Tadatmya, Tādātmya, Tadātmya: 17 definitions

Introduction:

Tadatmya means something in Hinduism, Sanskrit, Marathi, Hindi. If you want to know the exact meaning, history, etymology or English translation of this term then check out the descriptions on this page. Add your comment or reference to a book if you want to contribute to this summary article.

Alternative spellings of this word include Tadatmy.

In Hinduism

Vyakarana (Sanskrit grammar)

Source: Shodhganga: Vaiyākaraṇabhūṣaṇasāra: a critical study

Tādātmya (तादात्म्य).—Relation of non-difference; limiting relation of absentee (pratiyogin) to a mutual absence (anyo’nyābhāva).

Source: Wikisource: A dictionary of Sanskrit grammar

Tādātmya (तादात्म्य).—Possession of the same nature; तत्स्वभावता (tatsvabhāvatā); cf. सुबामन्त्रिते पराङ्गवत्स्वरे । तादात्म्यातिदेशोयम् (subāmantrite parāṅgavatsvare | tādātmyātideśoyam) Kas. on P.II.1.2.

Vyakarana book cover
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Vyakarana (व्याकरण, vyākaraṇa) refers to Sanskrit grammar and represents one of the six additional sciences (vedanga) to be studied along with the Vedas. Vyakarana concerns itself with the rules of Sanskrit grammar and linguistic analysis in order to establish the correct context of words and sentences.

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Vaishnavism (Vaishava dharma)

Source: Pure Bhakti: Brhad Bhagavatamrtam

Tadātmya (तदात्म्य) refers to:—A sense of oneness. An example of something that has attained tadātmya is an iron rod heated by fire to such a degree that it acts as fire and burns other objects. The iron is said to have obtained oneness, or tadātmya, with the fire. (cf. Glossary page from Śrī Bṛhad-bhāgavatāmṛta).

Vaishnavism book cover
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Vaishnava (वैष्णव, vaiṣṇava) or vaishnavism (vaiṣṇavism) represents a tradition of Hinduism worshipping Vishnu as the supreme Lord. Similar to the Shaktism and Shaivism traditions, Vaishnavism also developed as an individual movement, famous for its exposition of the dashavatara (‘ten avatars of Vishnu’).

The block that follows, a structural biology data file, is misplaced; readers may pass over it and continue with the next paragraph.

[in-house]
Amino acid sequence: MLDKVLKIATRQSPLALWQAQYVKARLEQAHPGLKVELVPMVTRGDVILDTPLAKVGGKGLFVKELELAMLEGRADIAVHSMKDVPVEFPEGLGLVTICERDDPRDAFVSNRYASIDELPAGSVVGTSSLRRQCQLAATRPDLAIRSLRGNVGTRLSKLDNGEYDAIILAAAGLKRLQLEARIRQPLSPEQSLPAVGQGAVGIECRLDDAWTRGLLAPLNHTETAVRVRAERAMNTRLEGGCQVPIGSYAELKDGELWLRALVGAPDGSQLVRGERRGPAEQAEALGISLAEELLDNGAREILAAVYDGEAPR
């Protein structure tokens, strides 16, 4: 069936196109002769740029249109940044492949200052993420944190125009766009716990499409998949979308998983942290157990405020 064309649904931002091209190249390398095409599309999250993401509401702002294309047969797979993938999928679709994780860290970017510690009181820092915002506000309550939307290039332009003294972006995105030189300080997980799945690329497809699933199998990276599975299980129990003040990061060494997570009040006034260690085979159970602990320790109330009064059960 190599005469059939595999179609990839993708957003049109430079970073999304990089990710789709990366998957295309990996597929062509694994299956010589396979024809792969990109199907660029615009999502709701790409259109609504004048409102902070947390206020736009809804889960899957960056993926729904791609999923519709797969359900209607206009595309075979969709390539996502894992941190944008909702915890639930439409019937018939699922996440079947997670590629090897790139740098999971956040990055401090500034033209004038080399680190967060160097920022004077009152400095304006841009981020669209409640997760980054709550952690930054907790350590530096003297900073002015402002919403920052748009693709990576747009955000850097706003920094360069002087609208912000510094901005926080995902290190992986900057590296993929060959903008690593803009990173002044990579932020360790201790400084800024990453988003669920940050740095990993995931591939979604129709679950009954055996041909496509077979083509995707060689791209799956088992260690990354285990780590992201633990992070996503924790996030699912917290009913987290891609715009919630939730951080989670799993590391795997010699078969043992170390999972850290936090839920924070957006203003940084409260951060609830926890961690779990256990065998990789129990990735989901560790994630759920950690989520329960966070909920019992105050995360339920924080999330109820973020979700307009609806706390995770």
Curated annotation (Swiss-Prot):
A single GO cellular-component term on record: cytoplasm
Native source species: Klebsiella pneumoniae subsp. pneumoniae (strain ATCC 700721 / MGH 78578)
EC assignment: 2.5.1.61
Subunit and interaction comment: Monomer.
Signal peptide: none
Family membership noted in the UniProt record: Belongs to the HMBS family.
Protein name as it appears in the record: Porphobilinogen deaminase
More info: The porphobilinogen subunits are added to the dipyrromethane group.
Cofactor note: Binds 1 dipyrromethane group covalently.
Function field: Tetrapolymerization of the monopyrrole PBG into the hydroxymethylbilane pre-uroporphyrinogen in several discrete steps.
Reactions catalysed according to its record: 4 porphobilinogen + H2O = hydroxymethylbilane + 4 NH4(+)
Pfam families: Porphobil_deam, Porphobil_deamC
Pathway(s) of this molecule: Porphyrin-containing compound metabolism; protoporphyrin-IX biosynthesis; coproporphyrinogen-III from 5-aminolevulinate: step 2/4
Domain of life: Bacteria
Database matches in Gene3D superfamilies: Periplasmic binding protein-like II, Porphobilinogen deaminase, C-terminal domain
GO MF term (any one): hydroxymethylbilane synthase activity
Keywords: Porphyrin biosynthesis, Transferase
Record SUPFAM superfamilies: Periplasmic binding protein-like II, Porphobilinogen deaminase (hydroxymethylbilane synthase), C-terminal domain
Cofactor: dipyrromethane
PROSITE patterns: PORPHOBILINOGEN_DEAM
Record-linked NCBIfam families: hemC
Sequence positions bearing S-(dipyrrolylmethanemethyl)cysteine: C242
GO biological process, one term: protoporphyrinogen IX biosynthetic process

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Shaktism (Shakta philosophy)

Source: Google Books: Manthanabhairavatantram

Tādātmya (तादात्म्य) refers to the “state of oneness” , according to the commentary on the Mālinīvijayottaratantra.—Accordingly, “The worship of the Liṅga is prescribed in the Śaivasiddhānta in order to impart the knowledge that it consists of the entire cosmic order (viśvādhvan). In the Kula and other scriptures, on the other hand, it is prohibited in order to teach that the cosmic nature is in the body. Here (Trika doctrine is concerned with that) which is of the nature of all things, so how can there be either prohibition or injunction? The practice of the discipline (niyama) (enjoined by other Śaiva schools demands) matted hair and the rest. But in order to achieve the state of oneness (tādātmya) (this kind of discipline) has been abandoned in the Kaula tradition because it teaches the means based on bliss (sukhopāya)”.

Shaktism book cover
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Shakta (शाक्त, śākta) or Shaktism (śāktism) represents a tradition of Hinduism where the Goddess (Devi) is revered and worshipped. Shakta literature includes a range of scriptures, including various Agamas and Tantras, although its roots may be traced back to the Vedas.

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Yoga (school of philosophy)

[«previous next»] — Tadatmya in Yoga glossary
Source: ORA: Amanaska (king of all yogas): A Critical Edition and Annotated Translation by Jason Birch